Yadkin YMCA brings back LIVESTRONG
The YMCA LIVESTRONG program is gearing up for its second year that the Yadkin Family YMCA and after a successful first year the program is aiming to improve the health and spirits of cancer survivors in Yadkin County.
“It was a balance between exercise and emotional and spiritual support,” said Geraldine Brannon, a Hamptonville resident and 2012 participant. “I think that spiritual was really emphasized by the instructors and the participants. I would say that it affects you emotionally, physically and spiritually and if you’re missing any of it then it affects the outcome.”
Brannon was diagnosed with breast cancer in 2009. After a lumpectomy and 36 radiation treatments Brannon went into remission. During her treatment she had to care for her husband who was in a nursing home and put her child through college.
“I felt good about my recovery and then in 2012 I was diagnosed again with breast cancer in the same breast,” Brannon said. “I had a double mastectomy and breast reconstruction and this time last year I couldn’t lift my arms and now I can do about anything I want to.”
Brannon said that the program gave her a strong support group of people who knew what she was going through and provided her an outlet to focus on herself and her health.
“I think we could say things in our group and we would be understood,” Brannon said. “Mentally and emotionally you’ve got to really talk to yourself and keep your spirits up but you also have to admit you need a pity party and you have to accept that there are times that you’ll feel really low.”
Wanda Shock, a Yadkinville resident and 2012 participant, had a slightly different experience with her diagnosis. Only four days after retiring in 2011 she was diagnosed with breast cancer. She went in for surgery in February that year and endured 33 radiation treatments and six months of chemotherapy.
When she found LIVESTRONG she found a group of people who understood her struggles and went beyond her program teammates to become her friends.
“I really enjoyed making friends with the group members and the leaders,” Schock said. “I felt stronger when I made myself do these exercises. I had been almost a year out of treatments when I started the program and I still felt like I was going downhill a little bit till we got into the exercise. I enjoyed the support group and what we shared.”
Schock said that although there was a large age range in the group everyone supported and encouraged each other even if they couldn’t keep up. She said that she enjoyed the variety of exercise the program provided for them.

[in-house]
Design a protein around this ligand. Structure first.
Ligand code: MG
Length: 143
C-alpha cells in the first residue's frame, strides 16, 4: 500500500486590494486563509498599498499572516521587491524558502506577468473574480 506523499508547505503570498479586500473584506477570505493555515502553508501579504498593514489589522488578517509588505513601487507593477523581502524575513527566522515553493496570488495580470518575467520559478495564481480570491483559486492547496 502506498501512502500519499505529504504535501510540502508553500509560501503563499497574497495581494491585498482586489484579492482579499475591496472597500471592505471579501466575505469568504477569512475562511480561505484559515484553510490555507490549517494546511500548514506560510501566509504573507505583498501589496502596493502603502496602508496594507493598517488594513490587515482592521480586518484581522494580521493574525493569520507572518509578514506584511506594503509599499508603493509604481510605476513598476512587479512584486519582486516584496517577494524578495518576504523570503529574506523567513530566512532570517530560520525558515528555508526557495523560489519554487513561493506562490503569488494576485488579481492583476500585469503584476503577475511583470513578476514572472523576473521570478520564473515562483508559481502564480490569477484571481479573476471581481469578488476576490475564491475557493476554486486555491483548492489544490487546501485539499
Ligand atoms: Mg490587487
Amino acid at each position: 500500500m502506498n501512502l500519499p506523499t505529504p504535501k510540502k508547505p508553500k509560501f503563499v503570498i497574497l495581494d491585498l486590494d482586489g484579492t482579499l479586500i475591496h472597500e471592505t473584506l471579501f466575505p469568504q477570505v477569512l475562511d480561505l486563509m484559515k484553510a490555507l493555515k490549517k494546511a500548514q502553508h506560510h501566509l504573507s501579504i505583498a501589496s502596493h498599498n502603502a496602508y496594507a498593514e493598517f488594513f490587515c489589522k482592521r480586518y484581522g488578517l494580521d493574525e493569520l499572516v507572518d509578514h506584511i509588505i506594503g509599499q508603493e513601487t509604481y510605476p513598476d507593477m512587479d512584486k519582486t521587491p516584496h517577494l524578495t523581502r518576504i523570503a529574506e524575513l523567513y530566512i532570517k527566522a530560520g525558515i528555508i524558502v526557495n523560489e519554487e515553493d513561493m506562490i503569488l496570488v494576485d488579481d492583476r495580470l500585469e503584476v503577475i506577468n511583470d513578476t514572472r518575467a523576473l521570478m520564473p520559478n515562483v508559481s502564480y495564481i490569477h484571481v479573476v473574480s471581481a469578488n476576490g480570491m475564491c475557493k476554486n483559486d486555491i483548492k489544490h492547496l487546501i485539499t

“We did cardio every day,” Schock said. “We had water exercises a couple of times and they had a nutritionist come in. We touched on a lot of different aspects.”
Schock said that it was interesting being the first group to come through the program because the trainers were just as new to the workouts and the process as the participants were.
“We were the guinea pigs of this program so anytime they would come in and tell us that we were going to do things a little differently we’d asked if they’d gone home and read the book,” Schock said laughing.
The trainers involved in the program see the benefit as well and were touched by the stories and experiences they shared with the 2012 group.
“I think it’s so important for them to stay connected,” said Jeff Raines, a personal trainer and wellness coach. “That’s uplifting because whenever we go through anything that is tough, if we don’t verbalize and connect and communicate with other people just makes it just so much tougher. It’s so important to be connected with other people.”
The program is currently accepting referrals for the sessions that will be held Tuesday and Fridays from 1:30 p.m. to 3 p.m. for 12 weeks. They can accept 10 participants and will take names for a waiting list for anyone signing up after the initial 10. The program will hold its first session on Feb. 19.
Potential members are brought in from referrals from their doctors. They are enrolled in the program and must commit to attending at least 80 percent of the classes or 19 sessions. Participants must have received chemotherapy or radiation treatment within the last five years to qualify for the program and not have participated in the program before.
Membership includes a free metro membership to the YMCA for three months and is of no cost to the participant. During the program cancer survivors work with trained Y staff to build muscle mass and strength, increase flexibility and endurance and improve functional ability.
To learn more about the program visit the YMCA in Yadkin at 6540 Service Rd., Yadkinville, call them at 336-679-7962 or visit www.ymcanwnc.org/livestrongattheymca.
Reach Lindsay Craven at 679-2341 or at firstname.lastname@example.org.
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